Great soundtrack though!

Rating: 60%

‘X-Men: Dark Phoenix’

A confusingly claimed final instalment of the two-decade franchise, Dark Phoenix is something of a boring, anticlimactic mess.

The end of the prequels (set in the 1990s where the original X-Men first stepped in) sees a few changes to the storylines of future and past as Jean Grey (Sophie Turner – X-Men: Apocalypse, TV’s Game of Thrones) comes to terms with her mutation and a corrupting power that turns her into a Dark Phoenix. The rest of the team need to reach her before the alien Vuk (Jessica Chastain – The Help, Zero Dark Thirty) taps into that power and brings destruction to mankind.

James McAvoy, Michael Fassbender, Jennifer Lawrence, Nicholas Hoult et al are all ever present as our favourite mutants – but in writer/director Simon Kinberg’s directorial debut, all have little input as Jean goes on the rampage, angered as she is by McAvoy and his blocking of her truth of the car-accident that killed her parents.

Rating: 40%

‘Extinctions’ by Josephine Wilson

The winner of the 2017 Miles Franklin Award is, to my mind, a novel of few merits, with its central protagonist, retiree Professor Fred Lothian, deeply repellent.

Fred is a man who, a recent widower, lives in a retirement village in suburban Perth in Western Australia. Whilst not exactly a recluse, he is an antisocial misery, consciously determined to be a grump. His two children are each in their own way lost to him. But then unexpected events around him force Fred to re-evaluate his values, identify his shortcomings and find some kind of redemption when the opportunity arises.

At least that’s what the writer would like us to think. But by then, it’s all a little too late and Fred’s redemption is too little, too late – certainly for his wife, Martha. No matter how many times the self-centred retired professor now recognises he should have helped chop the capsicums (a metaphor for a total lack of involvement in family life, preferring to close the home-office door to focus on his world-expertise in cement and concrete), their marriage, in the last few years, was not a happy one. Himself the scarred product of a dysfunctional Scottish family, Fred has contributed directly or indirectly to the destruction of his immediate family. Martha, it turns out, had an affair, Callum is confined to permanent care and his daughter Caroline, herself an academic, struggles with her own identity: she is indigenous, adopted as a young, abused child. Compounding her sense of uncertainty is the fact she is researching species extinction for a planned exhibition.

Past events of Fred’s life come to the fore as he faces the initially unwanted attention from Jan, his neighbour at the retirement village. Gregarious, Jan herself is involved in a family struggle as she looks to take on the legal guardianship of her five year-old grandson. It is she who forces the damaged Fred to address his past.

But why Extinctions? On one immediate level, it is only too apparent – Caroline’s forthcoming exhibition is an overt and obvious pointer. But there are so many strands to the concept – the end of the Lothian family line, the idea of the family unit itself, cultural loss et al. “In the end, all is allegory” reads the preface as relationships, knowledge, attitudes and emotions change, with Jan the catalyst. But so what? Very disappointing.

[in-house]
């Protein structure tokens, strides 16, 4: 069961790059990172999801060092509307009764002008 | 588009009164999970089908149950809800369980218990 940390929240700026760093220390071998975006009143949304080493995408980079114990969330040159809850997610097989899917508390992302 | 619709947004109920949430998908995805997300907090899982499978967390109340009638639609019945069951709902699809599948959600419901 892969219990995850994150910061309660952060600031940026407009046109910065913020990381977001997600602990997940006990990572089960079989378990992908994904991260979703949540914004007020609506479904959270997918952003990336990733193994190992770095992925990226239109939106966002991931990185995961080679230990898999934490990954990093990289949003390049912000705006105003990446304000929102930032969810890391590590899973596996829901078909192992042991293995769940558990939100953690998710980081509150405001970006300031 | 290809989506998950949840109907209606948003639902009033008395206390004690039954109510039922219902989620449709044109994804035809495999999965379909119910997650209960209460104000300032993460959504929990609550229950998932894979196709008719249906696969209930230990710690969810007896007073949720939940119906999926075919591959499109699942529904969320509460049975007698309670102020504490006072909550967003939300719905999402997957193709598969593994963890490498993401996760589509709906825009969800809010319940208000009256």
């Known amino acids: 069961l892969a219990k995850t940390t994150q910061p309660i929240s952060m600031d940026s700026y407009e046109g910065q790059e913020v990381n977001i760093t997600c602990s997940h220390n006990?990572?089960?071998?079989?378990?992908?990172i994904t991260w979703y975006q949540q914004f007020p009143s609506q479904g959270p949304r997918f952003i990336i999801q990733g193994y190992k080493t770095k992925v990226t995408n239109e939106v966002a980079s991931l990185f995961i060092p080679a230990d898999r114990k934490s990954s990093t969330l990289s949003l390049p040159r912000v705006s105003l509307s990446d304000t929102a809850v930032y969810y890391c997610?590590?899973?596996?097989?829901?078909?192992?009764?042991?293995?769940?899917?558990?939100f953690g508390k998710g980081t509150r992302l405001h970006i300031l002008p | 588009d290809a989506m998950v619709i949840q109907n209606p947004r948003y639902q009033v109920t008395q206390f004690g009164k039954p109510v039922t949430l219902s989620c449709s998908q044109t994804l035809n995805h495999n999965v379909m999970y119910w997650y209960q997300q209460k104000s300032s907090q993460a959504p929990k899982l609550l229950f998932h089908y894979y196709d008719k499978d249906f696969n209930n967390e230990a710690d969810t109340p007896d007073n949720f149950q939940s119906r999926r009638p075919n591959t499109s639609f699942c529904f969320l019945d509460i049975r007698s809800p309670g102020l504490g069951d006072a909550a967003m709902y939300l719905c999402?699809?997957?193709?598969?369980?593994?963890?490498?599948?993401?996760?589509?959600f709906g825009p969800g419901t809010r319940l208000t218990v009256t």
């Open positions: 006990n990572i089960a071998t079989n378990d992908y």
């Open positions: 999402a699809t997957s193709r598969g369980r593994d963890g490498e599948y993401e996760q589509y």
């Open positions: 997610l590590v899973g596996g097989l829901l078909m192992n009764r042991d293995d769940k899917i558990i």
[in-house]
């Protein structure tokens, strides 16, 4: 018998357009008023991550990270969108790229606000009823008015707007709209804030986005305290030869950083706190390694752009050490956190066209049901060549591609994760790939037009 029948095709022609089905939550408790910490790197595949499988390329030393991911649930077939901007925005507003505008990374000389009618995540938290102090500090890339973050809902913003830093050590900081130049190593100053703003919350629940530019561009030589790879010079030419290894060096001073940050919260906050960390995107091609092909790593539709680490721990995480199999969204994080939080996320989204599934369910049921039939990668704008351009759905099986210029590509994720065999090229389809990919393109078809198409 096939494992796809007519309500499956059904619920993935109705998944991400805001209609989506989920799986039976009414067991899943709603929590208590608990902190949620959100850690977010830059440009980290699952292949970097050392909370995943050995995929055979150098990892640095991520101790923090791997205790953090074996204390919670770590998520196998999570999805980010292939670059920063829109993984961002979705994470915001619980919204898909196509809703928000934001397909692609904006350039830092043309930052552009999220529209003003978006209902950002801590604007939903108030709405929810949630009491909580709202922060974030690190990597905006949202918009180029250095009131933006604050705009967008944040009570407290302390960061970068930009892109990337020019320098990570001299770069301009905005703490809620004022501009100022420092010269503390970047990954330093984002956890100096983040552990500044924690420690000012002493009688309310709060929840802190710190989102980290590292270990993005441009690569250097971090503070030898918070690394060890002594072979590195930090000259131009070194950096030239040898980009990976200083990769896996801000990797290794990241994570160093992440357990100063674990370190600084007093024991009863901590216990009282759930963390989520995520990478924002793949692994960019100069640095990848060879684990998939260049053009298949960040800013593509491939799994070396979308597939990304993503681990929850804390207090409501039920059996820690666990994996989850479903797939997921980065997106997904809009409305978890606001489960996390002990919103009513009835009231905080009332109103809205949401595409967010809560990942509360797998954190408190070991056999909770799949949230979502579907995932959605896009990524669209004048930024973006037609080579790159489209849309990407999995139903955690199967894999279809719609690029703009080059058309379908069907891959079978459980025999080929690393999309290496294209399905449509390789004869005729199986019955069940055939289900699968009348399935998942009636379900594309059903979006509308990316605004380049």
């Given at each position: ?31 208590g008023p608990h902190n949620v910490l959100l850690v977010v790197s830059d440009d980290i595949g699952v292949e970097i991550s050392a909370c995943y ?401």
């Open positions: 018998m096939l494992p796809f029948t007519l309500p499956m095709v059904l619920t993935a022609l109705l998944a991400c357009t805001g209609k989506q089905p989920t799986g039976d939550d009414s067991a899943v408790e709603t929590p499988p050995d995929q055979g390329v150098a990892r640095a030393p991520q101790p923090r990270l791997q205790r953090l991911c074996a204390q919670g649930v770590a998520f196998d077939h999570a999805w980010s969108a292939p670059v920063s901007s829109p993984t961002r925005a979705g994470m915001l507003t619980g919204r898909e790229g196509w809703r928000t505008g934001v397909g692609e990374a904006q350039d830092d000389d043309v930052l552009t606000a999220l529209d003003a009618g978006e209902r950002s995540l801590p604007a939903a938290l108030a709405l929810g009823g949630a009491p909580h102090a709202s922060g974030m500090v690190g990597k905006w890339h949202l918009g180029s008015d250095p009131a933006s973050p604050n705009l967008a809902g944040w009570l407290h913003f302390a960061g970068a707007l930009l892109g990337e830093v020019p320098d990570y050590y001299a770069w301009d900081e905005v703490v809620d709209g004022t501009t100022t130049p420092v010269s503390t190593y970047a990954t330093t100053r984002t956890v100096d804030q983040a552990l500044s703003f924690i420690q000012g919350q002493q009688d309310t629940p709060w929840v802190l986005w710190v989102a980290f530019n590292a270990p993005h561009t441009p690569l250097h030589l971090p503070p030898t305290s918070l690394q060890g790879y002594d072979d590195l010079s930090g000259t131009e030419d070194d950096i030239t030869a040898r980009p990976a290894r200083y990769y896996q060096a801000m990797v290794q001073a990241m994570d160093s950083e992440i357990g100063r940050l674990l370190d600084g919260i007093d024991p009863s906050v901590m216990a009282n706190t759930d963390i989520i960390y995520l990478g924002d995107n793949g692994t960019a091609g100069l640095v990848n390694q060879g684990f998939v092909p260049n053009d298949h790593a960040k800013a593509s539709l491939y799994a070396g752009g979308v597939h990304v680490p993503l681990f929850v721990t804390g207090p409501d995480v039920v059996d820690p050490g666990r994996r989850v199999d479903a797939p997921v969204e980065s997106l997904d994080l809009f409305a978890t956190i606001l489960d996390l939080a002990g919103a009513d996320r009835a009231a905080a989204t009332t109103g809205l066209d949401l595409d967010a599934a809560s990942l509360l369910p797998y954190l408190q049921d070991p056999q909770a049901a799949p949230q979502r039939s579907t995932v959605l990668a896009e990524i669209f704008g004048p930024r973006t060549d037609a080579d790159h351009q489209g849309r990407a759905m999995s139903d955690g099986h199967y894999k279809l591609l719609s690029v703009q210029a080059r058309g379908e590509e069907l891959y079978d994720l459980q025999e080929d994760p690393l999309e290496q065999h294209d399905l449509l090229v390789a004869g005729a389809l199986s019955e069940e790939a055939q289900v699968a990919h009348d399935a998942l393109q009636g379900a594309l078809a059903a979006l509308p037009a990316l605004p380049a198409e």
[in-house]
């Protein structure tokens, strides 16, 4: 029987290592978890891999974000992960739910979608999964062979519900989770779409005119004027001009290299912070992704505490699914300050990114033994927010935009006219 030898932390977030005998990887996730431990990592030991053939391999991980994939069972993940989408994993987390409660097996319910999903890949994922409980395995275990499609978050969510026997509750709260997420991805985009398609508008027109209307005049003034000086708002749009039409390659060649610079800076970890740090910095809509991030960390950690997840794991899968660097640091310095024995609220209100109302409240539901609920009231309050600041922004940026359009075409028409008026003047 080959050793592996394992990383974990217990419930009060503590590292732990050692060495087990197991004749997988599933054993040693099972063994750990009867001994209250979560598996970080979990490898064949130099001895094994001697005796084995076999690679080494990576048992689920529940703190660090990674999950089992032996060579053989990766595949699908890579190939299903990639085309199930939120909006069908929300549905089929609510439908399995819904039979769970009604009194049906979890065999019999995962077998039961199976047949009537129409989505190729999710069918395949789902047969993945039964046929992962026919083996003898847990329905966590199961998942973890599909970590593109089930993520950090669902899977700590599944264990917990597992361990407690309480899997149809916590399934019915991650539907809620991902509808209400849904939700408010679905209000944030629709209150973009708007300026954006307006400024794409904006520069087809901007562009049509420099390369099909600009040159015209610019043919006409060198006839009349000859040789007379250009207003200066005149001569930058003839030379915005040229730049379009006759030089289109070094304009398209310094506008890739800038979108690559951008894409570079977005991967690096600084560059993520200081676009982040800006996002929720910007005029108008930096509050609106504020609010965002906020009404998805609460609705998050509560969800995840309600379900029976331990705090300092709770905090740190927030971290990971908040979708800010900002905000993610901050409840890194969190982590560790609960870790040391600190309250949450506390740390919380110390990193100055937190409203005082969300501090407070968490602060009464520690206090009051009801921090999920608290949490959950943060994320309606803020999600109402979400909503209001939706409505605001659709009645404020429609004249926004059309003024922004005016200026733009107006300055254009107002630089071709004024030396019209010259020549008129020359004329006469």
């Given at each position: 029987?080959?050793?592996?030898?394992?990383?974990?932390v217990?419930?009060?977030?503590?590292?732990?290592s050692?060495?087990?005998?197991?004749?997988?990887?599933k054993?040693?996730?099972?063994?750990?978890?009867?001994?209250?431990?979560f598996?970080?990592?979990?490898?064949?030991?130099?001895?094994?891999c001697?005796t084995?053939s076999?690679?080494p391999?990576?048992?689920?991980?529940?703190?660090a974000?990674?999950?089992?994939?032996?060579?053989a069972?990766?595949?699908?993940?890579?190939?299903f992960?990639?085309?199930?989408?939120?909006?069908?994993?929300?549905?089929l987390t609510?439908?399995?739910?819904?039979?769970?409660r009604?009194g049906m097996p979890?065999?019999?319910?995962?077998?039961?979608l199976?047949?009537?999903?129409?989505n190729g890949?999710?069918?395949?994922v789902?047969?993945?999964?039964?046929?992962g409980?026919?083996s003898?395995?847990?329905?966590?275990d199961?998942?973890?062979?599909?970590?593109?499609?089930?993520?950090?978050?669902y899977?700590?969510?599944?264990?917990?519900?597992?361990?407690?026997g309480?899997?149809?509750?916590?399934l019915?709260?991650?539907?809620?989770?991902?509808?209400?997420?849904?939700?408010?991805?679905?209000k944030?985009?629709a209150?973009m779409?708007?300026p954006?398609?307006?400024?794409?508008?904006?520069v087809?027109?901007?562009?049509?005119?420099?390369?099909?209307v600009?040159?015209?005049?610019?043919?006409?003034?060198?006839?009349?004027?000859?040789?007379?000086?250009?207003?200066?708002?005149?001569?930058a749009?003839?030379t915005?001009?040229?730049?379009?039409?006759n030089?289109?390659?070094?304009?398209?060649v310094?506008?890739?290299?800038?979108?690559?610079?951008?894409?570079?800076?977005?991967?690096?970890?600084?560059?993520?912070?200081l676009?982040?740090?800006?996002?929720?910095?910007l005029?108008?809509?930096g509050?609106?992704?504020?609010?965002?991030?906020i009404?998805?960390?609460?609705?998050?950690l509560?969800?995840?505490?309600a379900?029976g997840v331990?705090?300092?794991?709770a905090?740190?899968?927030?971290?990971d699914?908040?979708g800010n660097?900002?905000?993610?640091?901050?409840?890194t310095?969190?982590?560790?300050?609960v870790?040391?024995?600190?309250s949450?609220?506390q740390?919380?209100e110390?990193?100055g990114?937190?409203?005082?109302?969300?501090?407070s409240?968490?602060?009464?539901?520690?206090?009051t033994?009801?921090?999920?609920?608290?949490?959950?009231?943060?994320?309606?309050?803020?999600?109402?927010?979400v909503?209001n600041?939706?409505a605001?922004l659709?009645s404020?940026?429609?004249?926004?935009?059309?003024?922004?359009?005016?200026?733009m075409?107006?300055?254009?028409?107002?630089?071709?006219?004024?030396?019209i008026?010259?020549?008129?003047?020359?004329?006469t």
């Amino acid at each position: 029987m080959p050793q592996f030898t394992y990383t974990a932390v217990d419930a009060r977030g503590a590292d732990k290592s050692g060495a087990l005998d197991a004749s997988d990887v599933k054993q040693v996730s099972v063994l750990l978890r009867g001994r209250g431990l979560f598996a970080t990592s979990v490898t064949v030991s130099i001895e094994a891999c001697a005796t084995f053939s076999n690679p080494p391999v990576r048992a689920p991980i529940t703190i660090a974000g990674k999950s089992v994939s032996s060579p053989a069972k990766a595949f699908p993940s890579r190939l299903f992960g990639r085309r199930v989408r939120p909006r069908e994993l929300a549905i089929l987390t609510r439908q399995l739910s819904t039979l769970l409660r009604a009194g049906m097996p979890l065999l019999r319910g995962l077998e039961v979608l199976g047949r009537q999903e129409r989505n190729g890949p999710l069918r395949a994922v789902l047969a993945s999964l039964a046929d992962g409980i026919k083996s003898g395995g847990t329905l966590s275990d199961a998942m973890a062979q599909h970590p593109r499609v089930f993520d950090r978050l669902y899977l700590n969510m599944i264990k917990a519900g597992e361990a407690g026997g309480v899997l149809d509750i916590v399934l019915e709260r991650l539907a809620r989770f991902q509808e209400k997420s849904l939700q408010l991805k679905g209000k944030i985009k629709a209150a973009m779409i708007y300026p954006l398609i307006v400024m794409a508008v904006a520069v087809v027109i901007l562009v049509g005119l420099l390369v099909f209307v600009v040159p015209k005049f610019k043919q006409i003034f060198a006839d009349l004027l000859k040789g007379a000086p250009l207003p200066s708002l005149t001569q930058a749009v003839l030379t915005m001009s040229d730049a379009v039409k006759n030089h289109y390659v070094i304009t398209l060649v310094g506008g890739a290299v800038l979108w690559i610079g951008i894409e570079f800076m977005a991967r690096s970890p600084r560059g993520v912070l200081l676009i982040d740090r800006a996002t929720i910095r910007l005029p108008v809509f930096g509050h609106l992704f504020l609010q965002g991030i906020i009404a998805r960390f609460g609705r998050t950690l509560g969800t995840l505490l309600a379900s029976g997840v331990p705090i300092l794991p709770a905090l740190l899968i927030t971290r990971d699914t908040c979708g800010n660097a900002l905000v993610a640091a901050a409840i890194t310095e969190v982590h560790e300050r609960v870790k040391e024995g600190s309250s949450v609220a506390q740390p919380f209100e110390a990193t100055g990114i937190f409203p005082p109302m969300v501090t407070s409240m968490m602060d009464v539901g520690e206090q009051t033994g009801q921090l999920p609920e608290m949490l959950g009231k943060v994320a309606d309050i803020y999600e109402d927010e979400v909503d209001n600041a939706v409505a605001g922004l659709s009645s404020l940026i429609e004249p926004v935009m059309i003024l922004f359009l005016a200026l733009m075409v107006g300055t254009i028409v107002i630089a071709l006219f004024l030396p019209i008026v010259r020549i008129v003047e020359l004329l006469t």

‘Red Joan’

An old-fashioned spy tale (based on a true story) as Judi Dench (Skyfall, Notes on a Scandal) is arrested for treason – some 50 years after the passing of nuclear secrets to the Soviets.

Set predominately in the 1940s (the young Dench is nicely played by Sophie Cookson – Kingsman: The Secret Service, The Huntsman: Winter’s War), solid performances and an intriguing insight into the oft-overlooked role women played in wartime fail to mask a somewhat dull, inert and dreary telling. Cambridge University was a hotbed for leftwing politics in the 19Tereza Srbova30s and 40s, but a rare foray onto the silver screen by acclaimed stage director Trevor Nunn fails to bring one iota of spark to the intrigue.

Rating: 48%


The rise of Elton John into pop superstardom is a magical, visual fantasy of a musical biopic – with a stand out performance by Taron Egerton (Kingsman: The Secret Service, Eddie the Eagle).

Addiction (alcohol, cocaine, sex) battles are writ large in director Dexter Fletcher’s (Sunshine on Leith, Eddie the Eagle) telling of the early days of success as a shy and withdrawn Reggie Dwight evolves into the flamboyant Elton John. And whilst there’s no claim for Rocketman to be a true telling, the solid foundation to the tale is provided by the long-term friendship with Bernie Taupin (Jamie Bell – Billy Elliot, Film Stars Don’t Die in Liverpool).

Inevitable comparisons with last year’s Freddie Mercury biopic Bohemian Rhapsody aside, a slow, family-life start in the outer London suburb of Pinner kicks into life with the screen arrival of Egerton. His look and mannerisms are uncanny, his singing excellent – and whilst Rocketman generally avoids providing any real depth to the man himself, it is entertainment with a capital E.

Winner of Best Song Oscar in 2020 – I’m Gonna Love Me Again written by Elton John & Bernie Taupin.

Rating: 65%